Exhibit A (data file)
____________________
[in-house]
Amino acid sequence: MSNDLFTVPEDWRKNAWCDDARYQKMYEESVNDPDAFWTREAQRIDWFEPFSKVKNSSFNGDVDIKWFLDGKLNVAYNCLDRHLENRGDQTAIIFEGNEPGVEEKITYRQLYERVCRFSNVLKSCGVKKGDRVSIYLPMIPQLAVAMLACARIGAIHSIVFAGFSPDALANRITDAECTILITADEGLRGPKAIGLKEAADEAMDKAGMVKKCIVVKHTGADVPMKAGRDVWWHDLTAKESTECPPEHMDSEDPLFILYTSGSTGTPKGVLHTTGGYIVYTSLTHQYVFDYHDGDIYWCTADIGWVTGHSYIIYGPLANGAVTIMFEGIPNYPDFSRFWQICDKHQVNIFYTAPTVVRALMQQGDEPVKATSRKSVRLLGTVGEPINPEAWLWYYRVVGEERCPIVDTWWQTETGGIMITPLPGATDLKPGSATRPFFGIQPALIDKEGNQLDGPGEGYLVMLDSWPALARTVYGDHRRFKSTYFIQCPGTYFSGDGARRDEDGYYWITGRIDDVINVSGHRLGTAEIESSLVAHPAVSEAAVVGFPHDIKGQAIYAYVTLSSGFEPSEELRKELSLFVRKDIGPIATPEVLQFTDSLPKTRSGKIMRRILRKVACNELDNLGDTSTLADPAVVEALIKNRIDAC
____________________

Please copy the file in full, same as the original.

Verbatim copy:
[in-house]
Amino acid sequence: MSNDLFTVPEDWRKNAWCDDARYQKMYEESVNDPDAFWTREAQRIDWFEPFSKVKNSSFNGDVDIKWFLDGKLNVAYNCLDRHLENRGDQTAIIFEGNEPGVEEKITYRQLYERVCRFSNVLKSCGVKKGDRVSIYLPMIPQLAVAMLACARIGAIHSIVFAGFSPDALANRITDAECTILITADEGLRGPKAIGLKEAADEAMDKAGMVKKCIVVKHTGADVPMKAGRDVWWHDLTAKESTECPPEHMDSEDPLFILYTSGSTGTPKGVLHTTGGYIVYTSLTHQYVFDYHDGDIYWCTADIGWVTGHSYIIYGPLANGAVTIMFEGIPNYPDFSRFWQICDKHQVNIFYTAPTVVRALMQQGDEPVKATSRKSVRLLGTVGEPINPEAWLWYYRVVGEERCPIVDTWWQTETGGIMITPLPGATDLKPGSATRPFFGIQPALIDKEGNQLDGPGEGYLVMLDSWPALARTVYGDHRRFKSTYFIQCPGTYFSGDGARRDEDGYYWITGRIDDVINVSGHRLGTAEIESSLVAHPAVSEAAVVGFPHDIKGQAIYAYVTLSSGFEPSEELRKELSLFVRKDIGPIATPEVLQFTDSLPKTRSGKIMRRILRKVACNELDNLGDTSTLADPAVVEALIKNRIDAC